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Title: Injury  
Author: World Heritage Encyclopedia
Language: English
Subject: Movement assessment, Whiplash (medicine), Microtrauma, Bankart lesion, First aid
Collection: Health-Related Lists, Injuries
Publisher: World Heritage Encyclopedia


The knee of a person is examined with the help of radiography after an injury.
Classification and external resources
ICD-10 S00-T88
ICD-9-CM 800-999
MeSH D014947

Injury is damage to the body.[1] This maybe caused by accidents, falls, hits, weapons, and other causes.[1]

Major trauma is injury that has the potential to cause prolonged disability or death.

In 2013 4.8 million people died from injuries up from 4.3 million in 1990. More than 30% of these deaths were transport related injuries. In 2013 367,000 children less than five died from injuries down from 766,000 in 1990.[2] Injuries are the cause of 9% of all death and are the sixth leading cause of death in the world.[3][4]


  • Classification 1
    • By cause 1.1
    • By modality 1.2
    • By location 1.3
    • By activity 1.4
  • See also 2
  • References 3


The World Health Organization (WHO) developed the International Classification of External Causes of Injury (ICECI). Under this system, injuries are classified by

  • mechanism of injury,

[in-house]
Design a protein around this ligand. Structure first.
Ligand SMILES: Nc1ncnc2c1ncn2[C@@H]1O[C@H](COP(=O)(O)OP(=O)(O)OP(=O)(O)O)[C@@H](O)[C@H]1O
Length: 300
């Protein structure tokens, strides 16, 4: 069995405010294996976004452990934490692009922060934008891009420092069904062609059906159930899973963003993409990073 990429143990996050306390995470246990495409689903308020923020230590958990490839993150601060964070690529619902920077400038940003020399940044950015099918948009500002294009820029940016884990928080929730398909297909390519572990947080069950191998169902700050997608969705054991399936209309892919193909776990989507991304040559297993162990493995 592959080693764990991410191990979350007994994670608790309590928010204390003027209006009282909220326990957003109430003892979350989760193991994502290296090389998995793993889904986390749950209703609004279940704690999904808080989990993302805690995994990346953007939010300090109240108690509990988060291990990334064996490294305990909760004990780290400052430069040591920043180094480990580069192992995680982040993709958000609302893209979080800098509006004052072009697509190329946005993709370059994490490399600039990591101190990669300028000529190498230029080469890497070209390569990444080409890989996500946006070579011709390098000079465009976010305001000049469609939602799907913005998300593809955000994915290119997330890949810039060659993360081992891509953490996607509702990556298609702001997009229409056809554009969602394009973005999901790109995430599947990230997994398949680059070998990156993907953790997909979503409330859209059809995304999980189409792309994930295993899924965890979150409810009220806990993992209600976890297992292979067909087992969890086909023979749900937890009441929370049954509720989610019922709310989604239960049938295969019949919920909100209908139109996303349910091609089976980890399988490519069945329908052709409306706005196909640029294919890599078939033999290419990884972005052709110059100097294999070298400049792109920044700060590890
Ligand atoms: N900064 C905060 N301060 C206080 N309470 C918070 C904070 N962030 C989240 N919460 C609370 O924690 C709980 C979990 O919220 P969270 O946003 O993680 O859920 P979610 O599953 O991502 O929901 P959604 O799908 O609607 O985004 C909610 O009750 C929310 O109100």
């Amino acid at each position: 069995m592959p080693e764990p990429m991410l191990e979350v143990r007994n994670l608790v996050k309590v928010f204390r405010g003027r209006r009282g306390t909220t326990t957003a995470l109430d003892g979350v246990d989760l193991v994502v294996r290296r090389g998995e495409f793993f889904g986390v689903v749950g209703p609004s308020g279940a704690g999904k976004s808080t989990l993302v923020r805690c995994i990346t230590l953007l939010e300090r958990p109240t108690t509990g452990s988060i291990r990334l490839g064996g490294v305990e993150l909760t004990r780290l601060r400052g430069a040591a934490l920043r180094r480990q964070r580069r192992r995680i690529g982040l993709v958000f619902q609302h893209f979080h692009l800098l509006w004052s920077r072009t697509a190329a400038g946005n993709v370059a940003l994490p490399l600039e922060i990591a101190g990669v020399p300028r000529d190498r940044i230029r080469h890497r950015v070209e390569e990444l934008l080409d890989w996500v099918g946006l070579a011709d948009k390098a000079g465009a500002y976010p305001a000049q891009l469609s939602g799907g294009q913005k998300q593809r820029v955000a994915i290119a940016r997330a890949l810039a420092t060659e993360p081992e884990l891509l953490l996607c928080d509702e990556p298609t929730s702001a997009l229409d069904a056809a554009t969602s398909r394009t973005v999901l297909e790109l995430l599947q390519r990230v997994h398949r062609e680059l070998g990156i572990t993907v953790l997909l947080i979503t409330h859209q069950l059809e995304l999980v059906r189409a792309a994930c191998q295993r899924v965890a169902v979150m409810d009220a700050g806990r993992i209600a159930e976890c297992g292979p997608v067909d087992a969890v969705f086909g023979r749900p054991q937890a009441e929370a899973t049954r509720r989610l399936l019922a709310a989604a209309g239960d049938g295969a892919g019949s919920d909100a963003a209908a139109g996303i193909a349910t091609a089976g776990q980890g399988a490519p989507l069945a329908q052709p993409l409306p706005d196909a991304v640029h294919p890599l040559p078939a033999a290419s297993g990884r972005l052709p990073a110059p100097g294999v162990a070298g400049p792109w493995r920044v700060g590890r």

• objects/substances producing injury,
  • place of occurrence,
  • activity when injured,
  • the role of human intent,

and additional modules. These codes allow the identification of distributions of injuries in specific populations and case identification for more detailed research on causes and preventive efforts.[5][6]

The United States Bureau of Labor Statistics developed the Occupational Injury and Illness Classification System (OIICS). Under this system injuries are classified by

  • nature,
  • part of body affected,
  • source and secondary source, and
  • event or exposure.

The OIICS was first published in 1992 and has been updated several times since.[7]

The Orchard Sports Injury Classification System (OSICS) is used to classify injuries to enable research into specific sports injuries.[8]

By cause

By modality

By location

By activity

See also


  1. ^ a b "Wounds and Injuries: MedlinePlus". Retrieved 2015-07-20. 
  2. ^ GBD 2013 Mortality and Causes of Death, Collaborators (17 December 2014). "Global, regional, and national age-sex specific all-cause and cause-specific mortality for 240 causes of death, 1990-2013: a systematic analysis for the Global Burden of Disease Study 2013.". Lancet.  
  3. ^ "The top 10 causes of death". Retrieved 24 May 2015. 
  4. ^ Stein DM, Santucci RA (July 2015). "An update on urotrauma". Current opinion in urology 25 (4): 323–30.  
  5. ^ "International Classification of External Causes of Injury (ICECI)".  
  6. ^ Robertson, LS (2015) Injury Epidemiology: Fourth Edition. Free online at
  7. ^ "Occupational Injury and Illness Classification System".  
  8. ^ Rae, K; Orchard, J (May 2007). "The Orchard Sports Injury Classification System (OSICS) version 10". Clin J Sport Med. 17 (3): 201–4.  
  9. ^ "Trauma"., LLC. 2010. Retrieved 2010-10-31. 
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